There are so many books on modern China that it’s hard to know where to begin. My method? Grabbing whatever and praying it’s a good starting point. Not exactly the most logical of options, but effective.
I picked up three books on modern China recently and thought I’d share with you some of my thoughts.
Paper Tiger: Inside the Real China is a collection of short essays by Xu Zhiyuan. This isn’t something you want to read if you want a neutral account of China (…although, I suppose even the most neutral of authors have their biases). Either way, it is very negative.
By the time you’ve hit the halfway point, the essays do become a little bit repetitive. However, I do think he has some real gems in this collection. My favourite of the book was the essay in which he talks about his father. Unlike most of his other essays, it brought in a personal element that was nice to see.
I also picked up Chinese Whispers: Why Everything You’ve Heard About China Is Wrong by Ben Chu. Despite its title, this book mostly focuses on Chinese people rather than China as a nation. It’s probably a neat read if the only exposure you’ve ever had to Chinese culture is of the stereotypical kind. If you truly believe that all Chinese folk are good at maths and have impeccable work ethic, then this might be the book for you.
I mean, I find it hard to believe that people in this day and age are so oblivious to the failings of stereotyping. That being said, Ben Chu does present some pretty unique arguments to counter some of the most popular stereotypes.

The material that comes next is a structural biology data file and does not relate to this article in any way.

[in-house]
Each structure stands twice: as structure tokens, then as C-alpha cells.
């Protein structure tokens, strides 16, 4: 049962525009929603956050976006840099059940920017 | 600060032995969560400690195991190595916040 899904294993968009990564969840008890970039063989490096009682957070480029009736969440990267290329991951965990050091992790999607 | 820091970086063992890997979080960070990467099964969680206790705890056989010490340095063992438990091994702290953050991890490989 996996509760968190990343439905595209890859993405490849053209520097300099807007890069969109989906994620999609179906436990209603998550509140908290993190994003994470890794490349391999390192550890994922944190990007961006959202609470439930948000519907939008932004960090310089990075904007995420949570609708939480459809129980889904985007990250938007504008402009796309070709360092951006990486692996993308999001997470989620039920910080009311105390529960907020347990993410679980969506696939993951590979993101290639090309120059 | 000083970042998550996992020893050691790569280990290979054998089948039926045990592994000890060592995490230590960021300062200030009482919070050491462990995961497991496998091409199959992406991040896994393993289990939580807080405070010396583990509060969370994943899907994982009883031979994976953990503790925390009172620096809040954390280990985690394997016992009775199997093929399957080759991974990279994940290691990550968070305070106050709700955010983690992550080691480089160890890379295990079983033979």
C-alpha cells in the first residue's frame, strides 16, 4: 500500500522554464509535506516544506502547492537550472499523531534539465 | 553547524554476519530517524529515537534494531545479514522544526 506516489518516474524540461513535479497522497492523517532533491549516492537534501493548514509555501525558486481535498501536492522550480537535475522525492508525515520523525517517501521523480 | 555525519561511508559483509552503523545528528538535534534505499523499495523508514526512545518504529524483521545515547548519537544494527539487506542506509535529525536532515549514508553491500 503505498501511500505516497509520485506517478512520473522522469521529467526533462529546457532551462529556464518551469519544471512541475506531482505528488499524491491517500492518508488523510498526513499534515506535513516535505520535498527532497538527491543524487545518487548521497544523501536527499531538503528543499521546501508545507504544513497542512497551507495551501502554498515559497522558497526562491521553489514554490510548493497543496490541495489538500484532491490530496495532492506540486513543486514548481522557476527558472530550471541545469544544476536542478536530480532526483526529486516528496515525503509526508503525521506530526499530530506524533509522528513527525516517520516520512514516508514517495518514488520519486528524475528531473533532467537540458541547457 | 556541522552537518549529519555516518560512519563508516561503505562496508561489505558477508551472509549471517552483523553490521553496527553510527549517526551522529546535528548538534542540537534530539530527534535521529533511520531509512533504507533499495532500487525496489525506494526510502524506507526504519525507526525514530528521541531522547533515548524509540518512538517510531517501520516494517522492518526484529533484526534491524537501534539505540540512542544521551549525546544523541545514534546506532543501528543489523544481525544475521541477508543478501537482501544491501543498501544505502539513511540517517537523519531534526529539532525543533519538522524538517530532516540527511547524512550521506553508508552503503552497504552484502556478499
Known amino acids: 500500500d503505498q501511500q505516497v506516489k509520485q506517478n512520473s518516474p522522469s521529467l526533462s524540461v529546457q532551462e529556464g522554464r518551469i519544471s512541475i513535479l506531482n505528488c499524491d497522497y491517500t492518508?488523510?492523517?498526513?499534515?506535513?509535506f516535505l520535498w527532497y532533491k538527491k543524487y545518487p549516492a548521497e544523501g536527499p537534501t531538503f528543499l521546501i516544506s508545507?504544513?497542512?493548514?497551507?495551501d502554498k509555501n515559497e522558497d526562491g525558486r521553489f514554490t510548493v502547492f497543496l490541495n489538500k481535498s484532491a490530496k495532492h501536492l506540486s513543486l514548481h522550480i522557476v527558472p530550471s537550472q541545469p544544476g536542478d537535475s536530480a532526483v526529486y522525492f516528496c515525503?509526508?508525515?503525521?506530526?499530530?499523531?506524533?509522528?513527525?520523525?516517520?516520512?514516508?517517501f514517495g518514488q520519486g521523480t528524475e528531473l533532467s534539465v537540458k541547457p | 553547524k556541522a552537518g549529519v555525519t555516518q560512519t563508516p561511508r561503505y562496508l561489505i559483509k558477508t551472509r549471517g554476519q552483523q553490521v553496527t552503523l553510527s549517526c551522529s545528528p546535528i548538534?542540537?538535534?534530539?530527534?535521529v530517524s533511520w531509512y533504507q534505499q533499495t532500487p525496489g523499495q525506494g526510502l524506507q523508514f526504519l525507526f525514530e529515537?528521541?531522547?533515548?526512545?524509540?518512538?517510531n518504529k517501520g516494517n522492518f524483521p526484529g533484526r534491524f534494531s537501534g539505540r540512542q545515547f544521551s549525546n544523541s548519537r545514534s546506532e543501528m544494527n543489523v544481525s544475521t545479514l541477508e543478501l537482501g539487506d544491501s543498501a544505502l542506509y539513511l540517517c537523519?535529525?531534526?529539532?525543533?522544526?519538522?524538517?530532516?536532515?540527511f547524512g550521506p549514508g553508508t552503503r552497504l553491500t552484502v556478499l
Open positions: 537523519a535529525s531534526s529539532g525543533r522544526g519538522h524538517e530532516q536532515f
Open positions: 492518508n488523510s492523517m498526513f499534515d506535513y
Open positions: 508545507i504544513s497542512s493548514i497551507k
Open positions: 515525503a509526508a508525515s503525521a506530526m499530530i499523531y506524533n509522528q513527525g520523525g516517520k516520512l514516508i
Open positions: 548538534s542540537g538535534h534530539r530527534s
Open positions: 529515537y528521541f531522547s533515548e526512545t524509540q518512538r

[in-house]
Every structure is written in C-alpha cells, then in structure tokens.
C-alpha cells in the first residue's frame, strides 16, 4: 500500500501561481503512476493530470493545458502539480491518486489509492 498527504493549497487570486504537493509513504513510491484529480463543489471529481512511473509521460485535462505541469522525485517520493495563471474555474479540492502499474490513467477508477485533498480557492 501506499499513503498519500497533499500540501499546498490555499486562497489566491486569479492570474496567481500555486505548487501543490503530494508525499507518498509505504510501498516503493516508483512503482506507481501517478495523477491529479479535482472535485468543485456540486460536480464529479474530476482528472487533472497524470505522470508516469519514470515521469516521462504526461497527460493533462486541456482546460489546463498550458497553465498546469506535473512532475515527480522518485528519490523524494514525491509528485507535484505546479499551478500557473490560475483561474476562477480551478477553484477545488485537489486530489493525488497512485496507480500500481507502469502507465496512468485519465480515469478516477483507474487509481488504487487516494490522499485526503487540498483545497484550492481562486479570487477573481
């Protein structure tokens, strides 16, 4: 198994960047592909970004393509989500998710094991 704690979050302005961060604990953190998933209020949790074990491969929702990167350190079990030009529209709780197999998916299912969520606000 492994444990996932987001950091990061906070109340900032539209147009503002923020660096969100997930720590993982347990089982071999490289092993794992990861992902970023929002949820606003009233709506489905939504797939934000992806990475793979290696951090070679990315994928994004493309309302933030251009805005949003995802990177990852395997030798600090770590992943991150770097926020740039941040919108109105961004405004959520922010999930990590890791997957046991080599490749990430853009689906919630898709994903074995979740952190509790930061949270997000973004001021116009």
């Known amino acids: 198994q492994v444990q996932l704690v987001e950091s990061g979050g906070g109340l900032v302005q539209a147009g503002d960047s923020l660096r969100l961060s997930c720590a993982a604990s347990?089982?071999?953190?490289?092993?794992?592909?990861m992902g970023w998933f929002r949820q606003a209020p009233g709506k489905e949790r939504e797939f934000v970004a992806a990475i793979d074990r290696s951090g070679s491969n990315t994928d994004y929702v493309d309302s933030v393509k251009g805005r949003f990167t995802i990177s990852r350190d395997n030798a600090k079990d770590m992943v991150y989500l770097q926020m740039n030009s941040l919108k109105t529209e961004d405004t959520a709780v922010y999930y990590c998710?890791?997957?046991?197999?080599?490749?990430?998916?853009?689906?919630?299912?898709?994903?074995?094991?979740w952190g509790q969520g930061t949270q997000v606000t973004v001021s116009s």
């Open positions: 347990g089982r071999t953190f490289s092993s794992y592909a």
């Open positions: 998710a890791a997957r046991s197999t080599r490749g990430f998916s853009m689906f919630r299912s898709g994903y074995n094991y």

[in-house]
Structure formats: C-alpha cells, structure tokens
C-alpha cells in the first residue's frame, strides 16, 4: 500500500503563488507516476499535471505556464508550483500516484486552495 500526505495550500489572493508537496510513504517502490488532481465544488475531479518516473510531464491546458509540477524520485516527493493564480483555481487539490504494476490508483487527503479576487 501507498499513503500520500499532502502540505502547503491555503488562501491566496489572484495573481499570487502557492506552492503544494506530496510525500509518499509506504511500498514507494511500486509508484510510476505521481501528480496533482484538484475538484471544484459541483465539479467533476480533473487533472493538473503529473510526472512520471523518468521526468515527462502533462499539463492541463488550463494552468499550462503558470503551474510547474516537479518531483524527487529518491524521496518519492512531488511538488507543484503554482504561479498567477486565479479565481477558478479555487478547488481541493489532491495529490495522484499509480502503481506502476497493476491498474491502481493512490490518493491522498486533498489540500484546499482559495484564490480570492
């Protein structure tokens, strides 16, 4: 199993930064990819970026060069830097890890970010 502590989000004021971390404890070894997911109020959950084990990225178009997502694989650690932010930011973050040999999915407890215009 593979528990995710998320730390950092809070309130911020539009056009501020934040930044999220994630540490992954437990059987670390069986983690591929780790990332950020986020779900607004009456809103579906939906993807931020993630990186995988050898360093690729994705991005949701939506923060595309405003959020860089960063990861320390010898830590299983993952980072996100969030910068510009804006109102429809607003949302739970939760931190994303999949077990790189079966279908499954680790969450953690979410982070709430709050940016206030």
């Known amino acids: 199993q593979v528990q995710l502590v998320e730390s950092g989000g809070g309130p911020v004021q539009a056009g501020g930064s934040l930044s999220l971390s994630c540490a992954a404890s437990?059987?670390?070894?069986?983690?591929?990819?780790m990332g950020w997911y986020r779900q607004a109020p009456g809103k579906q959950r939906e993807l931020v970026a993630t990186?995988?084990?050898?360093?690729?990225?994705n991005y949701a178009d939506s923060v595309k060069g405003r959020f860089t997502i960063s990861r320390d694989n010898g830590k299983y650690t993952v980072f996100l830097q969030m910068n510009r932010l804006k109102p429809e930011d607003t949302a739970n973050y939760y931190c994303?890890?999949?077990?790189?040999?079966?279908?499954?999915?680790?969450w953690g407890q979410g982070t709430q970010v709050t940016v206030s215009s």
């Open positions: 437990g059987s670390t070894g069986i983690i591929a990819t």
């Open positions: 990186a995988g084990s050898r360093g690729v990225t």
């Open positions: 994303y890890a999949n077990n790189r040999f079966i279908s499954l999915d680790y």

The last book I want to talk about is One Child: The Story of China’s Most Radical Experiment by Mei Fong. Of all three, this is my favourite by far.
I remember some of the teachers and students from my high school discussing the One Child Policy and thinking only one thing: do any of these people have any idea what they’re talking about? All they seemed to do was screech It’s bad! It’s bad! over and over again. It wasn’t very convincing, to say the least.
This book? This was what I’d call convincing. Mei Fong looks at the policy from many different angles. It’s also a very emotional account, taking the stories of a number of people and villages. Beautifully written and an informative read, I’d recommend this to anyone who is even vaguely interested in the policy and how it transformed people’s lives.